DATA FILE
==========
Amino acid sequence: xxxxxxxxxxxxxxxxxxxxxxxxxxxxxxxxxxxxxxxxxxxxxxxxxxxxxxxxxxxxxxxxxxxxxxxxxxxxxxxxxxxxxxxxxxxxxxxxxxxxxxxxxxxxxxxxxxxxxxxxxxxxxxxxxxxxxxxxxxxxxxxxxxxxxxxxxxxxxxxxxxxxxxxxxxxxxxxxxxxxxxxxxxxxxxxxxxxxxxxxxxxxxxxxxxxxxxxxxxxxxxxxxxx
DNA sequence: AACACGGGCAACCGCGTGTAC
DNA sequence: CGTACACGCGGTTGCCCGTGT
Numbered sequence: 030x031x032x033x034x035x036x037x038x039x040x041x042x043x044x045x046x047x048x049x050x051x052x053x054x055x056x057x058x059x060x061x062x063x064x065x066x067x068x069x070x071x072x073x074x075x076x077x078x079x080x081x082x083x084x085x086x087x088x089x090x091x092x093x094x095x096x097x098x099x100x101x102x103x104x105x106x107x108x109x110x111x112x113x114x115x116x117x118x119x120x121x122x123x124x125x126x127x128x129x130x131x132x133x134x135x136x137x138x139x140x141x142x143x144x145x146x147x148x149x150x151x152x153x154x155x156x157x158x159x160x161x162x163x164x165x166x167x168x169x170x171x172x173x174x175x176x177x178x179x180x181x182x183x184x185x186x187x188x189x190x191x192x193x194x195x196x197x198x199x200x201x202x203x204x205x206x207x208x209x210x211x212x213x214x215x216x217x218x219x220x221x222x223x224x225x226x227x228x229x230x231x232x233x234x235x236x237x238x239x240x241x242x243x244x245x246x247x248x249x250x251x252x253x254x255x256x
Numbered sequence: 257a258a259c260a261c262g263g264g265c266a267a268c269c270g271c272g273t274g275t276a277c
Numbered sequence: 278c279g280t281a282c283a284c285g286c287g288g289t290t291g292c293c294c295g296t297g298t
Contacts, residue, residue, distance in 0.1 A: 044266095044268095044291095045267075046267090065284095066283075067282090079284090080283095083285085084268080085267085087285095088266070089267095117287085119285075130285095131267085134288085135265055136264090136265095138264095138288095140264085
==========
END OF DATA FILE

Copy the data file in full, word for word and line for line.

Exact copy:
Amino acid sequence: xxxxxxxxxxxxxxxxxxxxxxxxxxxxxxxxxxxxxxxxxxxxxxxxxxxxxxxxxxxxxxxxxxxxxxxxxxxxxxxxxxxxxxxxxxxxxxxxxxxxxxxxxxxxxxxxxxxxxxxxxxxxxxxxxxxxxxxxxxxxxxxxxxxxxxxxxxxxxxxxxxxxxxxxxxxxxxxxxxxxxxxxxxxxxxxxxxxxxxxxxxxxxxxxxxxxxxxxxxxxxxxxxxx
DNA sequence: AACACGGGCAACCGCGTGTAC
DNA sequence: CGTACACGCGGTTGCCCGTGT
Numbered sequence: 030x031x032x033x034x035x036x037x038x039x040x041x042x043x044x045x046x047x048x049x050x051x052x053x054x055x056x057x058x059x060x061x062x063x064x065x066x067x068x069x070x071x072x073x074x075x076x077x078x079x080x081x082x083x084x085x086x087x088x089x090x091x092x093x094x095x096x097x098x099x100x101x102x103x104x105x106x107x108x109x110x111x112x113x114x115x116x117x118x119x120x121x122x123x124x125x126x127x128x129x130x131x132x133x134x135x136x137x138x139x140x141x142x143x144x145x146x147x148x149x150x151x152x153x154x155x156x157x158x159x160x161x162x163x164x165x166x167x168x169x170x171x172x173x174x175x176x177x178x179x180x181x182x183x184x185x186x187x188x189x190x191x192x193x194x195x196x197x198x199x200x201x202x203x204x205x206x207x208x209x210x211x212x213x214x215x216x217x218x219x220x221x222x223x224x225x226x227x228x229x230x231x232x233x234x235x236x237x238x239x240x241x242x243x244x245x246x247x248x249x250x251x252x253x254x255x256x
Numbered sequence: 257a258a259c260a261c262g263g264g265c266a267a268c269c270g271c272g273t274g275t276a277c
Numbered sequence: 278c279g280t281a282c283a284c285g286c287g288g289t290t291g292c293c294c295g296t297g298t
Contacts, residue, residue, distance in 0.1 A: 044266095044268095044291095045267075046267090065284095066283075067282090079284090080283095083285085084268080085267085087285095088266070089267095117287085119285075130285095131267085134288085135265055136264090136265095138264095138288095140264085